om myself--and I did not want aunt to hear, for she is very proud, you know, and I hope you won't be. You know we are all very poor, Keith; and yet you must not want money in London, if only for the sake of the family; and you know I have a little, Keith, and I want you to take it. You won't mind my being frank with you. I have written a letter."
She had the envelope in her hand.
"And if I would take money from any one, it would be from you, Cousin Janet; but I am not so selfish as that. What would all the poor people do if I were to take your money to London and spend it?"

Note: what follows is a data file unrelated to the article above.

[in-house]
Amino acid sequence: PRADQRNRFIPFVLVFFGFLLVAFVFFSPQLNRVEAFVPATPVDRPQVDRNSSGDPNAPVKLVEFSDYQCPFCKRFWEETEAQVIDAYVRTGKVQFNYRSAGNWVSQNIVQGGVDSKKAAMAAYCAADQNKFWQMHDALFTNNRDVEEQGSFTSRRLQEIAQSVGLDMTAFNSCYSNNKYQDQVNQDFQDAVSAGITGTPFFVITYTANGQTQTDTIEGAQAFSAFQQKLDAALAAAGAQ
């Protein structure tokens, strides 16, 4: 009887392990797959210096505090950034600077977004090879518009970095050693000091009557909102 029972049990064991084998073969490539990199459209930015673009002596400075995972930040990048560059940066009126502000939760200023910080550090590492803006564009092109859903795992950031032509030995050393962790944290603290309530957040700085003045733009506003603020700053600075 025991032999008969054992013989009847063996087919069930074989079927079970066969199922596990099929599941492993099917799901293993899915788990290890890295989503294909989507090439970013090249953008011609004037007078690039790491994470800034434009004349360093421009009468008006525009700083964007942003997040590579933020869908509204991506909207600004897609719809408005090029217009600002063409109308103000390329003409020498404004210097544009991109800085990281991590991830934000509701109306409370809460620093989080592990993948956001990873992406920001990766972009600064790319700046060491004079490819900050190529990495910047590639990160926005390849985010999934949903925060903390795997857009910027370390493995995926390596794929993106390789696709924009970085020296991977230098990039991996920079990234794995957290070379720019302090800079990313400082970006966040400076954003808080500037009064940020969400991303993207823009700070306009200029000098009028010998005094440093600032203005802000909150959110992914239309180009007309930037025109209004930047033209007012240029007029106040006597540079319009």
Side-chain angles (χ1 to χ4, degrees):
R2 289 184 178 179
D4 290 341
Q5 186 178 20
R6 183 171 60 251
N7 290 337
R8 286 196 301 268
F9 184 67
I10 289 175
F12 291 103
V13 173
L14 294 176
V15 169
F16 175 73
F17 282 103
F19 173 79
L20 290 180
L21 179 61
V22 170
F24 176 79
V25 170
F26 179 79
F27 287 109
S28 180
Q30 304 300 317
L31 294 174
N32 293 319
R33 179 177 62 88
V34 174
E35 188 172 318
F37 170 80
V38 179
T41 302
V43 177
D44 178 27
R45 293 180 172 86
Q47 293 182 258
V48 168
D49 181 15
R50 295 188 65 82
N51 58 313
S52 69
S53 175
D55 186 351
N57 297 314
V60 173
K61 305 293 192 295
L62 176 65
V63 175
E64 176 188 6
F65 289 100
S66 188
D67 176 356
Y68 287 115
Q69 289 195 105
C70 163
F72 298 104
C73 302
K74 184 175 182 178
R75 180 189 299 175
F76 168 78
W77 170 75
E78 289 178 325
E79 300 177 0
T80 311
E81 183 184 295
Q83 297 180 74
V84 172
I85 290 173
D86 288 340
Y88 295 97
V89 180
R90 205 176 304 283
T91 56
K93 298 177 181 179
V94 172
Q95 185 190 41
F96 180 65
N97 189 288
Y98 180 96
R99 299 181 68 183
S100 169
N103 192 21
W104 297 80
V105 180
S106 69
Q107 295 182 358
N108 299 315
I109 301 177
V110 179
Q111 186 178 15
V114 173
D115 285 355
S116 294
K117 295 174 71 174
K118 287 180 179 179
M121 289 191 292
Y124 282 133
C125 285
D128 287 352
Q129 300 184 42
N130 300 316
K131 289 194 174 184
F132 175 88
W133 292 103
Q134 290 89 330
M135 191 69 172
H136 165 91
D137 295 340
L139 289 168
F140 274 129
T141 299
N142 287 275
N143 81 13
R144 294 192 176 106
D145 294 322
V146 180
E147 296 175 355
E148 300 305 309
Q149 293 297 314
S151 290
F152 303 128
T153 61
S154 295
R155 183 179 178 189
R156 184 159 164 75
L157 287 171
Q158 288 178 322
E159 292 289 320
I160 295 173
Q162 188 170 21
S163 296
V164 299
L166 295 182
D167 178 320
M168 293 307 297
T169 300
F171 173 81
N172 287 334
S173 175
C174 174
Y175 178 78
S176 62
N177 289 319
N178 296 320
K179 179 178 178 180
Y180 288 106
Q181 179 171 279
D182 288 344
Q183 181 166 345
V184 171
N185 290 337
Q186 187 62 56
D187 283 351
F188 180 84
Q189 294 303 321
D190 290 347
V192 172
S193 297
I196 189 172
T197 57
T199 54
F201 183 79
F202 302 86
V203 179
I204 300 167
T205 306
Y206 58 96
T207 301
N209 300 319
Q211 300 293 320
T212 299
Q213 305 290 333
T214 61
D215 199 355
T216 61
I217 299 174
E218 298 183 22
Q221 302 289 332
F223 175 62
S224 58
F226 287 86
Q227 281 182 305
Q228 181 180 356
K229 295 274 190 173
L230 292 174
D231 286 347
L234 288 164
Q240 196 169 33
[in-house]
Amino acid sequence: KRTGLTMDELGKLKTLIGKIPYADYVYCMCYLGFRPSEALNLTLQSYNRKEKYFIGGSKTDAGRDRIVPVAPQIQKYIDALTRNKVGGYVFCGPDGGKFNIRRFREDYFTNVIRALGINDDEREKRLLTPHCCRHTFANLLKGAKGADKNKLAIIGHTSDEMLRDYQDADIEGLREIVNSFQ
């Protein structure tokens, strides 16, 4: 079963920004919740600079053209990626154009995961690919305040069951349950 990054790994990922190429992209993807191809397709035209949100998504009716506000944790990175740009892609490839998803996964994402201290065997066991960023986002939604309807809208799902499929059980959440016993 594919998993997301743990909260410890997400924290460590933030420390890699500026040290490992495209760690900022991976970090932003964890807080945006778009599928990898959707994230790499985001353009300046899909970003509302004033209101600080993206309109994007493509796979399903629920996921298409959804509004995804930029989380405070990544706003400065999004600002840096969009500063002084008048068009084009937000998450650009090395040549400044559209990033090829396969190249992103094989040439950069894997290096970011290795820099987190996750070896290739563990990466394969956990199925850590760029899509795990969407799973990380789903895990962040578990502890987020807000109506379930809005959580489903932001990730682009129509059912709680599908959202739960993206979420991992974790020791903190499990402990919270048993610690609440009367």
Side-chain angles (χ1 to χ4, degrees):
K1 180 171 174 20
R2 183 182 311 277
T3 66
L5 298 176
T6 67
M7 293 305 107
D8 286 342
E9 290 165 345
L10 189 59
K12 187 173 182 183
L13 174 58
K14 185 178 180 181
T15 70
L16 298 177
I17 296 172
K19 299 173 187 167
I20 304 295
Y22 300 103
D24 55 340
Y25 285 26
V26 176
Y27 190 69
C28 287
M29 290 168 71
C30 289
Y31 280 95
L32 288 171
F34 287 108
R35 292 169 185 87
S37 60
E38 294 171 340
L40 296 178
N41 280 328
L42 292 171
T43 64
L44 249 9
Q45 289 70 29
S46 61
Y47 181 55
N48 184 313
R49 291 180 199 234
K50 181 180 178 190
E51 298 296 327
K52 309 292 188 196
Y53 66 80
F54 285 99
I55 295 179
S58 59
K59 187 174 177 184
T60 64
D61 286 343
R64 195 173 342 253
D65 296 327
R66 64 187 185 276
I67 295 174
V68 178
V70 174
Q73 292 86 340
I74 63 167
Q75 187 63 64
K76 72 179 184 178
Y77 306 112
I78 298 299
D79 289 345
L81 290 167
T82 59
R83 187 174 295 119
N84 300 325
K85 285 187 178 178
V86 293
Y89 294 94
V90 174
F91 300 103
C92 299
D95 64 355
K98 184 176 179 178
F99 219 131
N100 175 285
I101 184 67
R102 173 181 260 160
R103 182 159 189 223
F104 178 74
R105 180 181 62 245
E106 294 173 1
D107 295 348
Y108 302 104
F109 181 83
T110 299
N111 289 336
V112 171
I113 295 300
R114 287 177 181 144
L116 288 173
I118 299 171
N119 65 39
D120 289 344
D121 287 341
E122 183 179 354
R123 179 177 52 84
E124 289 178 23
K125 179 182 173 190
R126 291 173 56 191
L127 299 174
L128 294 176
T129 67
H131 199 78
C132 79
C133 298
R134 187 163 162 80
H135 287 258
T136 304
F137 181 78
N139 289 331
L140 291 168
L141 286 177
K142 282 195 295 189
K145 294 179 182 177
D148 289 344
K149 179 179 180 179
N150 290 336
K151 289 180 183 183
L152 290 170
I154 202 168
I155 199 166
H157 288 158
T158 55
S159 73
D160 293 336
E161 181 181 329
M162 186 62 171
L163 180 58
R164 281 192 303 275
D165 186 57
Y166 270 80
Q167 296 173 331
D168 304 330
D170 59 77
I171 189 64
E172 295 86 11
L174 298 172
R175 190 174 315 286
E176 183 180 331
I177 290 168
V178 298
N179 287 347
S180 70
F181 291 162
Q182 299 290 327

"I have kept a little," said she, "and it is not much that is needed. It is £2000 I would like you to take from me, Keith. I have written a letter."
"Why, bless me, Janet, that is nearly all the money you've got!"
"I know it."
"Well, I may not be able to earn any money for myself, but at least I would not think of squandering your little fortune. No, no; but I thank you all the same, Janet; a